Two things I’ve heard.
You should never meet your heroes in person and The Viper Room is crazy loud. Fortunately, meeting Mike Knott a couple times never once diminished my love for his incredible discography. The Viper Room is ridiculously loud for sure. Unfortunately, I didn’t get there to see Mike Knott with Andy Prickett, Eric Campuzano, Ed Benrock and Robert Meyer. Post-major label letdown with Aunt Bettys and pre-vagabond wandering, this show is pretty slick and controlled because it was a label showcase.
Rather than suck all the guts out, that makes for one of the best bootleg listens I’ve heard in ages. Recorded directly from the soundboard, this is a must for fans of Knott and The Prayer Chain, and everyone else tired of soulless auto-tuned radio drivel.
I’ve had several reasonably interesting minor epiphanies lately. One of which is the often-overlooked fact that there are as many great songs written about money troubles as there are about break-ups.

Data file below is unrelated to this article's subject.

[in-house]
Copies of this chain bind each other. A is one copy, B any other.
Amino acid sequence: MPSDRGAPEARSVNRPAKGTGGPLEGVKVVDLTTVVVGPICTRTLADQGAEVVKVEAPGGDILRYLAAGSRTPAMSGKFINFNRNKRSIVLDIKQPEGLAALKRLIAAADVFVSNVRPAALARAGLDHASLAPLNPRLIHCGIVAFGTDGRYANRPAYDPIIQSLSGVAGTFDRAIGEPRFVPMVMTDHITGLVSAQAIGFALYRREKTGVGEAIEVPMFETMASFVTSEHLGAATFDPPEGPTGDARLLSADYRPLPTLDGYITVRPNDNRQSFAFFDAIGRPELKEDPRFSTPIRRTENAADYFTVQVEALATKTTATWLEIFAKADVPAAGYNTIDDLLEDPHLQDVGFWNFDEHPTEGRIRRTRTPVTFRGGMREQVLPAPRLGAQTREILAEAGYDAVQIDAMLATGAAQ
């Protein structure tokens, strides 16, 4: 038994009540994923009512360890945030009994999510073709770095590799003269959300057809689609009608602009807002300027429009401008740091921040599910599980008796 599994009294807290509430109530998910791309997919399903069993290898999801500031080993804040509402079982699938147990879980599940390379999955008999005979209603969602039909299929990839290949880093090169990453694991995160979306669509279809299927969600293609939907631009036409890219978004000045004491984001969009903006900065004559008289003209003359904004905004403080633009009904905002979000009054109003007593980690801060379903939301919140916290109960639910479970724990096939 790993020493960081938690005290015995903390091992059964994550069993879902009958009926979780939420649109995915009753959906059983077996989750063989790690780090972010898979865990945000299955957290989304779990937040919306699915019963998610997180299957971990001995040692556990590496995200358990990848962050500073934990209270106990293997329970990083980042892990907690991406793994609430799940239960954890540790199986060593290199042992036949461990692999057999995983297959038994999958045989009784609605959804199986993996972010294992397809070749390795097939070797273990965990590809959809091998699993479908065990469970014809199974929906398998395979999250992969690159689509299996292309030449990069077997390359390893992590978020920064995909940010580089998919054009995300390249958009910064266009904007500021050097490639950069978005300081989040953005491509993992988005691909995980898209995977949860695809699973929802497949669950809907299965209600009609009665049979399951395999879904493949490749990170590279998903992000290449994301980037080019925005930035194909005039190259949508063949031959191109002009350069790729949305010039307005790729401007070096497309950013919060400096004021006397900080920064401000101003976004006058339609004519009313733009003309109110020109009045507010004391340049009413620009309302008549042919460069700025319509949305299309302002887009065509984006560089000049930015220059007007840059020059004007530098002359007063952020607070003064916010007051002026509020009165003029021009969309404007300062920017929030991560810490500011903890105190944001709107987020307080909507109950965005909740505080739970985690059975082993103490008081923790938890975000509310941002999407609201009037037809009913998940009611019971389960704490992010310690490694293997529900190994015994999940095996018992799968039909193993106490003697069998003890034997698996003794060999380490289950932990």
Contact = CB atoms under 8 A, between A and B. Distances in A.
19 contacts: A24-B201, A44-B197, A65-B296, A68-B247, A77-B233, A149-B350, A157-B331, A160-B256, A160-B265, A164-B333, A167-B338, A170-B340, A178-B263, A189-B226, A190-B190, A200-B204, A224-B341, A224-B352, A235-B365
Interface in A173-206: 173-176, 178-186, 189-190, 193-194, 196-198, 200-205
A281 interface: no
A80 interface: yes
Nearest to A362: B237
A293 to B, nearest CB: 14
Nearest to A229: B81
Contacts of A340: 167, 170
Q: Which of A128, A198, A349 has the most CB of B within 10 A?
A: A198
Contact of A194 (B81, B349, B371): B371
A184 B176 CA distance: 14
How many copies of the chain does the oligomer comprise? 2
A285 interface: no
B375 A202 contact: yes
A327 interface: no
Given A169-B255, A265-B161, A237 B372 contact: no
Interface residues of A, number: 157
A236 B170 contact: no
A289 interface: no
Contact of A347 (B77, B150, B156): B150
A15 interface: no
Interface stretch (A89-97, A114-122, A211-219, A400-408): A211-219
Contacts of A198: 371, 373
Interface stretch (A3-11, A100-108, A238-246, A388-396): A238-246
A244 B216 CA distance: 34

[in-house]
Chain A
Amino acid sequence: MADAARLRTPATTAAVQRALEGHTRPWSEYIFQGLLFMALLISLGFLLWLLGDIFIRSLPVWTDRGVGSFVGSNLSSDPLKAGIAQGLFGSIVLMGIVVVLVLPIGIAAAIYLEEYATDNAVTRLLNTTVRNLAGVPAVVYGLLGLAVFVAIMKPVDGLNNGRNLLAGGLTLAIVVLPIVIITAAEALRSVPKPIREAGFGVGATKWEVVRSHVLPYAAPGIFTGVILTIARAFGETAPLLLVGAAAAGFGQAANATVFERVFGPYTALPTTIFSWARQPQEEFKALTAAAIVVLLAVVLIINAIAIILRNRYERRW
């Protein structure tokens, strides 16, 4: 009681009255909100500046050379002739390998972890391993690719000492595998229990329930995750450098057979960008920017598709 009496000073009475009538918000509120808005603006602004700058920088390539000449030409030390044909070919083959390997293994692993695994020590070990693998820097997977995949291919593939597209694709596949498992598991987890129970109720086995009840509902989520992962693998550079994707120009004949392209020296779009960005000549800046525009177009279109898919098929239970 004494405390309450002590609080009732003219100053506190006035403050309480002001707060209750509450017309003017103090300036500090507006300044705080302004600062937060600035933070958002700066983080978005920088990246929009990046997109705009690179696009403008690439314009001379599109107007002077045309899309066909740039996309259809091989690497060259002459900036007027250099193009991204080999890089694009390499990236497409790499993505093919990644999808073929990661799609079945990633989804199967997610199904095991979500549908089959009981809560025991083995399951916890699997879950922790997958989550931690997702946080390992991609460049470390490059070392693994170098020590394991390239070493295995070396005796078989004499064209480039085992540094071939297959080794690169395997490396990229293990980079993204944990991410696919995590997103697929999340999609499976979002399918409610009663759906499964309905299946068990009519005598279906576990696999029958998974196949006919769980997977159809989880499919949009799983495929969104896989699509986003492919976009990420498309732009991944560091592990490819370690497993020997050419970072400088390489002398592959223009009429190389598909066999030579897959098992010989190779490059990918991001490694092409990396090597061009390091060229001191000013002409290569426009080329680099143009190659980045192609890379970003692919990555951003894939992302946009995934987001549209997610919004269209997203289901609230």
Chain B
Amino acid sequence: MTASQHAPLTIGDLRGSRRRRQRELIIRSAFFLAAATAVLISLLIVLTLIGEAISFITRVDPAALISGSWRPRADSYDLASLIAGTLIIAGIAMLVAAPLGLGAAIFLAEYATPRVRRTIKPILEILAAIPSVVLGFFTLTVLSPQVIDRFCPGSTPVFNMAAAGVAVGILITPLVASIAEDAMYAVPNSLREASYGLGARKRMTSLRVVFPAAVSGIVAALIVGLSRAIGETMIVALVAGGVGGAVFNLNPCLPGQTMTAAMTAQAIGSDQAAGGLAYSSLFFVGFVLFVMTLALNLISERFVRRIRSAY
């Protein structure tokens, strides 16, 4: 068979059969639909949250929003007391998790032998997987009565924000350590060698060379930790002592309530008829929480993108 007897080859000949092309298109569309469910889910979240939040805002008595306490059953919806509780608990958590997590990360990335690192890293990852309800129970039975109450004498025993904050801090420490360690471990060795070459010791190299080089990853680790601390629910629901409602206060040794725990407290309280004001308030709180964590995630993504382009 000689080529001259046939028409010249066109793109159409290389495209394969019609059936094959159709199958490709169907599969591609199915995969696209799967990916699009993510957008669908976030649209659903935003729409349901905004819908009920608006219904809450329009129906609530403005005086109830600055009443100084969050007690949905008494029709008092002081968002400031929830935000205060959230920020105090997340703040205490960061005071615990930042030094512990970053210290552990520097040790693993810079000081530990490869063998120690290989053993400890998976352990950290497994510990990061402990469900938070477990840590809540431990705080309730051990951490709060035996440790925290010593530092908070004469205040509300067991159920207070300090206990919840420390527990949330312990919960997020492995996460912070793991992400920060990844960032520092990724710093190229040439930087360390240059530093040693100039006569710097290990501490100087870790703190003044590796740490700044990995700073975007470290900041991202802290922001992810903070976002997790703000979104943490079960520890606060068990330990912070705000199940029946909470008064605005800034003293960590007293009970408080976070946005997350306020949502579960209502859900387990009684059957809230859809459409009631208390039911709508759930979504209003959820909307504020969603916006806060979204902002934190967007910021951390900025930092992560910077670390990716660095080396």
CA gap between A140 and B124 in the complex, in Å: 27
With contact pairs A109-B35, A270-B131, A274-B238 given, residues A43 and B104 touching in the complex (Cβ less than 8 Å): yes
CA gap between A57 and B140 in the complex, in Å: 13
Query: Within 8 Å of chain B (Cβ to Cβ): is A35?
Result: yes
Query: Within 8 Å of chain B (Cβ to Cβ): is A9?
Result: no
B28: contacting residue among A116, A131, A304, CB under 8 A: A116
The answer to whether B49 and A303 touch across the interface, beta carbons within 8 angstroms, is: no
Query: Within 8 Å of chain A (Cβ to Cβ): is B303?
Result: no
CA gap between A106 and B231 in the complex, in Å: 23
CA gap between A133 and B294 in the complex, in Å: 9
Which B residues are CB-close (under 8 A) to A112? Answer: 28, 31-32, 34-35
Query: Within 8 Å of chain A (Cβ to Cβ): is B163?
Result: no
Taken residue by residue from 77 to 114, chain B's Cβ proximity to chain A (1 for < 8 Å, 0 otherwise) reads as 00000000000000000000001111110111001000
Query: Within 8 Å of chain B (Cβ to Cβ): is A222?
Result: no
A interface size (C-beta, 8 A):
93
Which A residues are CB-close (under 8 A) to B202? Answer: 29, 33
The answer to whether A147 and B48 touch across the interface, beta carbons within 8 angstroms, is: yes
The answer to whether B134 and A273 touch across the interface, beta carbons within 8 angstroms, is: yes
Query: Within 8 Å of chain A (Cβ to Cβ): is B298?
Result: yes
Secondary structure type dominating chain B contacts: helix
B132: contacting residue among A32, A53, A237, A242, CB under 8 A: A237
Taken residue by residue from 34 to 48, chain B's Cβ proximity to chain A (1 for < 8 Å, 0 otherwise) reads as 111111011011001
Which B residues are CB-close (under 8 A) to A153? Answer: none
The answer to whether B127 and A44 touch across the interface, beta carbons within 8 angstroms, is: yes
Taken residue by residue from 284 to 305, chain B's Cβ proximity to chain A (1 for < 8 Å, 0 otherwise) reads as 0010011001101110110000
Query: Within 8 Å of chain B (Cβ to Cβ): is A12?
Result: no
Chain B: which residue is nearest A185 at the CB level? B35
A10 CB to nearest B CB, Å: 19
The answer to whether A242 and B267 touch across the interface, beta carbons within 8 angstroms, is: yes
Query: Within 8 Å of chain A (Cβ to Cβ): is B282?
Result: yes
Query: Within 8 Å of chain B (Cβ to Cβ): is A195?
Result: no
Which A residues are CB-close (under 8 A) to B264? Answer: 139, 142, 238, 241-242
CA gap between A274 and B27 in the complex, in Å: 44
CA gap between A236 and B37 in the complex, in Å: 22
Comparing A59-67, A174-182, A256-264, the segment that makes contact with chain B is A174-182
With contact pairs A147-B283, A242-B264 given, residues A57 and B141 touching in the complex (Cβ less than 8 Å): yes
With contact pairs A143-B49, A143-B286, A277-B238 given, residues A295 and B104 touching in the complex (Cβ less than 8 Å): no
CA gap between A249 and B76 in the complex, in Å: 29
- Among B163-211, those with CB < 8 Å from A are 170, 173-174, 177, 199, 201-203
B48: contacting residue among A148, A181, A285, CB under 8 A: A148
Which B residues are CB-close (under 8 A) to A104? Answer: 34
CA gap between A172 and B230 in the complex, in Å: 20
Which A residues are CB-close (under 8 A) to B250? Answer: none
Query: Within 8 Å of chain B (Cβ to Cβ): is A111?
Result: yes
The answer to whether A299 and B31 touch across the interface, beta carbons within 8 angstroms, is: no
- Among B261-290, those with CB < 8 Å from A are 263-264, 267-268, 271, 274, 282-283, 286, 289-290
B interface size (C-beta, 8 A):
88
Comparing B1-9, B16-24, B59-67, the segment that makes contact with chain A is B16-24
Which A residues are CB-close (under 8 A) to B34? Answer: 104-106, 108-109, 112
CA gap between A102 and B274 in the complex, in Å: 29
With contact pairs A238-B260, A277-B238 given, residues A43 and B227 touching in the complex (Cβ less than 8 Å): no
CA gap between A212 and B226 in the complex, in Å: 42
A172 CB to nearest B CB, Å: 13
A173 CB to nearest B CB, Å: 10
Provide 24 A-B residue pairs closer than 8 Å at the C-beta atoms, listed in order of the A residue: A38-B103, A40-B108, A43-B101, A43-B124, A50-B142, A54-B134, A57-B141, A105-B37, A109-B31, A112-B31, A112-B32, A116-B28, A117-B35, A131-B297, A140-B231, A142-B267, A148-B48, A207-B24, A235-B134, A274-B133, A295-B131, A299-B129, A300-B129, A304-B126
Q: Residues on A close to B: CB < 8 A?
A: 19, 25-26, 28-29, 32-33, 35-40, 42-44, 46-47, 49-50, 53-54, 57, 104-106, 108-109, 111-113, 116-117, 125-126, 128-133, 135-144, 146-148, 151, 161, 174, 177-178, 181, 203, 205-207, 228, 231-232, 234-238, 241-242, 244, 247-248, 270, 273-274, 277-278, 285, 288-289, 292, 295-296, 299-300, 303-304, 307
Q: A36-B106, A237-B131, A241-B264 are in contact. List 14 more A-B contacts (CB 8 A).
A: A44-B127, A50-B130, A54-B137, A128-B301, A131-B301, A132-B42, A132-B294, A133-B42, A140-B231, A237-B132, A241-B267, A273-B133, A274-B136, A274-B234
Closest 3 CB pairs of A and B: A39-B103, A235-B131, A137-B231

The struggle of the working musician, the impoverished-by-choice troubador is one of the first casualties of rock n’ roll-stardom. Though Adam Duritz wrote (though only on the first Counting Crows record) “When everybody loves you, that’s just about as f-up as you can be.” I would argue that he is probably not worried about bouncing a check, or running out of gas station burritos.
Wrote a bad check to the government. Wrote a bad check to my parents. Wrote a bad check to this cello player. She didn’t know it at the time ’cause I’m singing it later.
Michael Knott’s music career is a Homeric poem of possibilities, dashed-hopes and absurd slice-of-life observations.
Check the genius imagery of the chorus:
Sometimes I wish those shiny red lights on cop cars
were just big bright cherries
I wanna bowl
I wanna knock down some pins
Help Mike avoid writing any bad checks, pick up his music on Bandcamp. Also check out the ultimate Knott resource at KnottHeads.com